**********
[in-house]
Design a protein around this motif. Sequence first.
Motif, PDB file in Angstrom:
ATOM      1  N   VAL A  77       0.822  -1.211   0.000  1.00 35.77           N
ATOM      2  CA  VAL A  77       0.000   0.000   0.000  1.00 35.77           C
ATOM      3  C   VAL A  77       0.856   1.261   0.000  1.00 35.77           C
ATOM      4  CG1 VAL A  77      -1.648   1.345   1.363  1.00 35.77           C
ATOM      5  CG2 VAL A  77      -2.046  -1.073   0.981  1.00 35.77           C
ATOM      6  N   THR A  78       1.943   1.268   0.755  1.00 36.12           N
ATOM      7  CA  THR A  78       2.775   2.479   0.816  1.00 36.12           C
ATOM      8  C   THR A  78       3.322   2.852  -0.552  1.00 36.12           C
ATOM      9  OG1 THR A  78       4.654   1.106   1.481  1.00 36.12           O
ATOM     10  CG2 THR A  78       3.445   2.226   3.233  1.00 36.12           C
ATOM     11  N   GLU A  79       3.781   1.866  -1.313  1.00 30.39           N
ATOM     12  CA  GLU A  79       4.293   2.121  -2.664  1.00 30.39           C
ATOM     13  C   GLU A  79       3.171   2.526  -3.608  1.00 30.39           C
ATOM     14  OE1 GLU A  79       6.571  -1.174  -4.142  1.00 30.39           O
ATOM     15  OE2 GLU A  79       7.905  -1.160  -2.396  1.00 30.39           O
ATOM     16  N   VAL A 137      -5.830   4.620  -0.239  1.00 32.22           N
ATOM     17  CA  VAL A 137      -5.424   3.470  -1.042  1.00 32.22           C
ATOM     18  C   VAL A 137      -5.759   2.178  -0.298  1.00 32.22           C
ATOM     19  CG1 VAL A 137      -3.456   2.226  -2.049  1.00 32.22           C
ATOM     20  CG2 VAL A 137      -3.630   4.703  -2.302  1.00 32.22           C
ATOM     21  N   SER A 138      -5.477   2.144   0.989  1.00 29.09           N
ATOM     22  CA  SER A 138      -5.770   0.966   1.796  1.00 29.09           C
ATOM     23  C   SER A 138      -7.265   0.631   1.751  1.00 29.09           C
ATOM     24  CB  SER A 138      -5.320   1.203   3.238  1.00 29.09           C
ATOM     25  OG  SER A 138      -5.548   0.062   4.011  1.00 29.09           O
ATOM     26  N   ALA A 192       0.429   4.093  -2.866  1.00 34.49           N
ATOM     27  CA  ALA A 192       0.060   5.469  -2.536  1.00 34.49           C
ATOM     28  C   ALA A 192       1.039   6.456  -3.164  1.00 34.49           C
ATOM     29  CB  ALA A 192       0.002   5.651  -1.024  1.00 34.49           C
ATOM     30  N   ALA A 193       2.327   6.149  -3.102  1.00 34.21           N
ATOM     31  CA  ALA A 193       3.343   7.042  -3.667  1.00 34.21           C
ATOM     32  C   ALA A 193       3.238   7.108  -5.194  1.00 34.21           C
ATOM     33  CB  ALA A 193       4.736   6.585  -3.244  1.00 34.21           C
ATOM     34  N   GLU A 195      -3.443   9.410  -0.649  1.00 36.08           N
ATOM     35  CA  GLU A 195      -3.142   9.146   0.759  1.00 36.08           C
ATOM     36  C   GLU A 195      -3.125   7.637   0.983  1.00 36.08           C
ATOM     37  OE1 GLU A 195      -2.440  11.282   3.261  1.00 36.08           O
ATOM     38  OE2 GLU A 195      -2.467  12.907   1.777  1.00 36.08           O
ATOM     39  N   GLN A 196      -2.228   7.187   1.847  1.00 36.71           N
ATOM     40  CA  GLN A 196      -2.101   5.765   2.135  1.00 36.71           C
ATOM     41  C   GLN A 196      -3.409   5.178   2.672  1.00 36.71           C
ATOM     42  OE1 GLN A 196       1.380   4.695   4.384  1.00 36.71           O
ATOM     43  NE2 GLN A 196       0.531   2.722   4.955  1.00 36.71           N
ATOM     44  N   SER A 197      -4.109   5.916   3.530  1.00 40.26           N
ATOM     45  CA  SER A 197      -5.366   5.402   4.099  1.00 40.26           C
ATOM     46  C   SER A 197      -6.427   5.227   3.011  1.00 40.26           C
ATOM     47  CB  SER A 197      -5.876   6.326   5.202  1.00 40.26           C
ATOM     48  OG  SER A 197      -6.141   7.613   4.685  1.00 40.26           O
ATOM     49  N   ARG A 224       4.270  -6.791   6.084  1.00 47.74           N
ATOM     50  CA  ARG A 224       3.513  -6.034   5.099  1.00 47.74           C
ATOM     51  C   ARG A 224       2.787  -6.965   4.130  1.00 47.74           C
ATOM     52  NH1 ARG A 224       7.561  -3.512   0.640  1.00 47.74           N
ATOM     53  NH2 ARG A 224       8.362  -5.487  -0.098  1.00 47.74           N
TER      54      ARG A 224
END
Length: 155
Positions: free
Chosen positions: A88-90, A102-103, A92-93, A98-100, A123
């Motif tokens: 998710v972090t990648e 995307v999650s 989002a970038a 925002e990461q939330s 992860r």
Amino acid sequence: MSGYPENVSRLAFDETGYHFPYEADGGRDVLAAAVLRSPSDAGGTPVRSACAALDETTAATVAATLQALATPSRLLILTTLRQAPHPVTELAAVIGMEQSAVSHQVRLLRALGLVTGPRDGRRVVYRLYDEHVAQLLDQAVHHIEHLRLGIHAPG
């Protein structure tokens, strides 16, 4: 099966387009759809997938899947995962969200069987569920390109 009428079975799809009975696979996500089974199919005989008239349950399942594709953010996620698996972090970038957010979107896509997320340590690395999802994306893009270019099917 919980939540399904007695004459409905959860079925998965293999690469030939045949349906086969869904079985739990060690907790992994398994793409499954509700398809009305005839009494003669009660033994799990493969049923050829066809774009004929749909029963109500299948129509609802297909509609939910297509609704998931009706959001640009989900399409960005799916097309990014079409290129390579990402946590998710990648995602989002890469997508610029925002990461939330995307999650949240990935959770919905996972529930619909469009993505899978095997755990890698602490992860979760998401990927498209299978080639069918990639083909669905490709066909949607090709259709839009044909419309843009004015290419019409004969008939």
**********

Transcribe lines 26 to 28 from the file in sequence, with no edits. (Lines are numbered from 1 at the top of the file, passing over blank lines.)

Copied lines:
ATOM     23  C   SER A 138      -7.265   0.631   1.751  1.00 29.09           C
ATOM     24  CB  SER A 138      -5.320   1.203   3.238  1.00 29.09           C
ATOM     25  OG  SER A 138      -5.548   0.062   4.011  1.00 29.09           O